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Page 26 n Thursday, June 14, 2012


Cuba tells islanders 1st exploratory oil well dry

By ANDREA RODRIGUEZ Associated Press

citizens know that an exploratory offshore oil well turned out to be a bust, more than two weeks after Spanish oil company Repsol informed the world. An offi cial notice from Cubapetroleo pub-

HAVANA (AP) — Cuba is fi nally letting its

lished in Communist Party newspaper Granma on June 6 said the deep-water well was unsuccess- ful, but that doesn’t mean there’s no oil in the 43- square-mile (112-square-kilometer) exploration area in question. It is “one of the main productive basins on the

oil strike that would provide a sorely needed eco- nomic lifeline, so it was disappointing news when Repsol announced May 18 that it its well, sunk at cost topping $100 million, had failed and would be plugged. It is common for exploratory wells to come up

since May 24 for another exploratory well, with Russia’s Gazpromneft as a partner, according to the offi cial statement. PDVSA, the state-owned oil company of key Cuban ally Venezuela, afterward will get its chance in a separate bloc off the Cape of San Antonio, the island’s most westernmost point. Geological studies suggest anywhere from 5

billion to 9 billion barrels worth of oil may be lurking off Cuba deep below the Gulf of Mexico, and island authorities are hoping there may be even more. Cuba reported last year that it produced 4 mil-

world level, with high potential for the discovery of new hydrocarbon reserves in accordance with geological studies,” the statement read. The cash-strapped country is banking on a big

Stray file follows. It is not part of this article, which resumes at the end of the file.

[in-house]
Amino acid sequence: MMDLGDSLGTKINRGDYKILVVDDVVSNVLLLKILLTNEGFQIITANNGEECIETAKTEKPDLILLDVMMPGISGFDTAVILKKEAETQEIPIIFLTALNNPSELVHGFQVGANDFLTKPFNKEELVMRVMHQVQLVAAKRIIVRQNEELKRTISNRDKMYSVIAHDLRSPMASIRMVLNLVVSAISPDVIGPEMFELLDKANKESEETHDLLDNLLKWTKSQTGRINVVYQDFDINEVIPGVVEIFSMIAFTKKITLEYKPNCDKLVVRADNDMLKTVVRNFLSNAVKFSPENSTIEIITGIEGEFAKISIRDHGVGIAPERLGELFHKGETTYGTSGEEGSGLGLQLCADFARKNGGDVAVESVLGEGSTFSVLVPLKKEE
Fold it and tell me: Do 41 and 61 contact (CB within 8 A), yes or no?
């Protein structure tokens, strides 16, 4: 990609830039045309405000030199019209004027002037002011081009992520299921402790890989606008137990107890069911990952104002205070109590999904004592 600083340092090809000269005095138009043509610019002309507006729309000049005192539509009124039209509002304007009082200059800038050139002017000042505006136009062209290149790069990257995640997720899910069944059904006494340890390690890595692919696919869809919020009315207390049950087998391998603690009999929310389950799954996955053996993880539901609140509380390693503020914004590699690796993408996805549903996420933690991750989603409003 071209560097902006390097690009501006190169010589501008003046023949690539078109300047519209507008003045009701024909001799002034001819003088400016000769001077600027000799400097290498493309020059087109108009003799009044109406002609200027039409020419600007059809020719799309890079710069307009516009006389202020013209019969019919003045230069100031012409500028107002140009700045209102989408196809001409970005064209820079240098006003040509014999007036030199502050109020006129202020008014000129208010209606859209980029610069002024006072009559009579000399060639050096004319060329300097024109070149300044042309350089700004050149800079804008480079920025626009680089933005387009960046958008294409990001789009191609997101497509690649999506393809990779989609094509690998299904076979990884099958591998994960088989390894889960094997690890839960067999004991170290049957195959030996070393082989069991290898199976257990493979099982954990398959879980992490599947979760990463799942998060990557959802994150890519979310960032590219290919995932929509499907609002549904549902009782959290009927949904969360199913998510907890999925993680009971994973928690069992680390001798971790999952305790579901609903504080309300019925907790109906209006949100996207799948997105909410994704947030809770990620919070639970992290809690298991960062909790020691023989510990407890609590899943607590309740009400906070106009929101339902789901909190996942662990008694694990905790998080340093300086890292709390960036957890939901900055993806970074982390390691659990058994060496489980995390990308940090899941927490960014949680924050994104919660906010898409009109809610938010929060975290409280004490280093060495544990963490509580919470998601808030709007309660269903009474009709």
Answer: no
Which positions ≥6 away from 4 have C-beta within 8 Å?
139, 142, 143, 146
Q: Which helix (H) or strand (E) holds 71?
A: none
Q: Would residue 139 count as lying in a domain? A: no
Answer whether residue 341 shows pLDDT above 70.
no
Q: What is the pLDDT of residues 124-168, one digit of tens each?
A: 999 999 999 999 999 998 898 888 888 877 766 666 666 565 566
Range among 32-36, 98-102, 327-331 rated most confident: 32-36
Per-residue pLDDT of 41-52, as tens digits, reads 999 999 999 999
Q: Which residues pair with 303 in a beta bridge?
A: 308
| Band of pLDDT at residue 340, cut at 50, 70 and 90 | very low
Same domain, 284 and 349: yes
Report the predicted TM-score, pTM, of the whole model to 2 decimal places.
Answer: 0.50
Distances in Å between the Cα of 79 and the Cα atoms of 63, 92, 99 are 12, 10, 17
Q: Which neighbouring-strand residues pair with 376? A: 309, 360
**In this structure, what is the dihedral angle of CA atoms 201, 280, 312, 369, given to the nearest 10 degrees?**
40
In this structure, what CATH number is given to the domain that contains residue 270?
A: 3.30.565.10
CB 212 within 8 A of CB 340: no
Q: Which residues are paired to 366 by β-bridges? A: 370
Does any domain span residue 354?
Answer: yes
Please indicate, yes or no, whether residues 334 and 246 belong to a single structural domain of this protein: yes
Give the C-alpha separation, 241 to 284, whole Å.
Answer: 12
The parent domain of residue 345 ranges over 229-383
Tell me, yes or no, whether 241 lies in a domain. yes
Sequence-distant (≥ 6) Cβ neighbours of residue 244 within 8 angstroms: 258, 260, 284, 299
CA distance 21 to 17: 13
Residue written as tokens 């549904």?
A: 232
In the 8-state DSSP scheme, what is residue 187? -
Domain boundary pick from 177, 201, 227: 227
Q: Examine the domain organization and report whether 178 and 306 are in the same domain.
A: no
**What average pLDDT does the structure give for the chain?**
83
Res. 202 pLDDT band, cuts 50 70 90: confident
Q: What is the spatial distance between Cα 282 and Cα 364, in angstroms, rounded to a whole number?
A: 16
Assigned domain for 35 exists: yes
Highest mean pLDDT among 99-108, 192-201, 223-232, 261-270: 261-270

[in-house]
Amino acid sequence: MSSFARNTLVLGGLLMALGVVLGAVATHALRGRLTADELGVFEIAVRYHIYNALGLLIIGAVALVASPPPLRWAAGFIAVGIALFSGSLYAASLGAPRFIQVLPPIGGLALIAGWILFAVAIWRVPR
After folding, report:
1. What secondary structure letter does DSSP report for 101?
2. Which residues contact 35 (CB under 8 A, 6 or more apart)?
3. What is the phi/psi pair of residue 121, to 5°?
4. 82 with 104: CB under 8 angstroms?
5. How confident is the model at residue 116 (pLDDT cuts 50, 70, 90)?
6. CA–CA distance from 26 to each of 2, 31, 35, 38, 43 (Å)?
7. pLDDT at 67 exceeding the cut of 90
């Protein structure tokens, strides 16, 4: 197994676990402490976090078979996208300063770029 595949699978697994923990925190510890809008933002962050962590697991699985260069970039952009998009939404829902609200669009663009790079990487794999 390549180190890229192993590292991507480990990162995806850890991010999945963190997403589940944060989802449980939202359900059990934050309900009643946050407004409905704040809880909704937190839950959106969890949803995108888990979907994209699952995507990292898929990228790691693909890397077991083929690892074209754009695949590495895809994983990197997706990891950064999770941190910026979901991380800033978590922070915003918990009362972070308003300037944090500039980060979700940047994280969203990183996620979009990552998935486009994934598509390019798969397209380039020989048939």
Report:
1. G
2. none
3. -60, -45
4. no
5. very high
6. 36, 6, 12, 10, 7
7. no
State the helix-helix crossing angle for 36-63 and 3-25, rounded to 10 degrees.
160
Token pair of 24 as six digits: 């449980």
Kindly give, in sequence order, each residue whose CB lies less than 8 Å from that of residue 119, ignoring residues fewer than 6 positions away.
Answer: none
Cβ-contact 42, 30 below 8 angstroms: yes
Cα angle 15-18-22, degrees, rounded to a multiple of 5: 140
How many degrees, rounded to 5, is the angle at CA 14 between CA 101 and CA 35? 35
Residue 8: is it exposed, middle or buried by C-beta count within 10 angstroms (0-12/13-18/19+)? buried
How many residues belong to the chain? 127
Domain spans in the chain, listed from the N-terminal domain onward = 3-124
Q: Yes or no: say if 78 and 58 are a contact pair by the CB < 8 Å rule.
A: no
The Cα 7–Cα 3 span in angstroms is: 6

lion tons of crude and natural gas in 2010, around 46 percent of national consumption. Subsidized oil from Venezuela makes up the difference.


Associated Press

An oil rig starts exploratory drilling beneath the waters off Cuba’s northern coast as fi shermen work in Havana Bay, Cuba, Jan. 19.

dry, and oil companies factor the risk into their operational calculus. But Repsol soon announced that it would opt

out of its contract to drill a second well, and said it would almost certainly abandon Cuban offshore exploration altogether. There was no word of the company’s pullout in the June 6 offi cial notice. Cuba does not have any independent newspa-

pers or broadcasters and most islanders have little or no access to the Internet, so likely few people were previously aware that the well had struck out.

assembled in China and Singapore with less than 10 percent U.S.-made parts to avoid triggering penalties under Washington’s economic embargo against Cuba, has since been fl oated west to a point off the western province of Pinar del Rio. There, it has been used by PC Gulf of Malaysia

The Scarabeo-9 drilling platform, built and

Associated Press

This illustration provided by Jorge R. Piñon, a former president of Amoco Oil Latin America who is now at The University of Texas at Austin, shows where different oil companies hold the rights to drill in various offshore blocks in Cuban waters in the Gulf of Mexico. An initial well drilled by Spanish oil giant Respol came up dry, and the stakes for Cuba are high that black gold is found soon.

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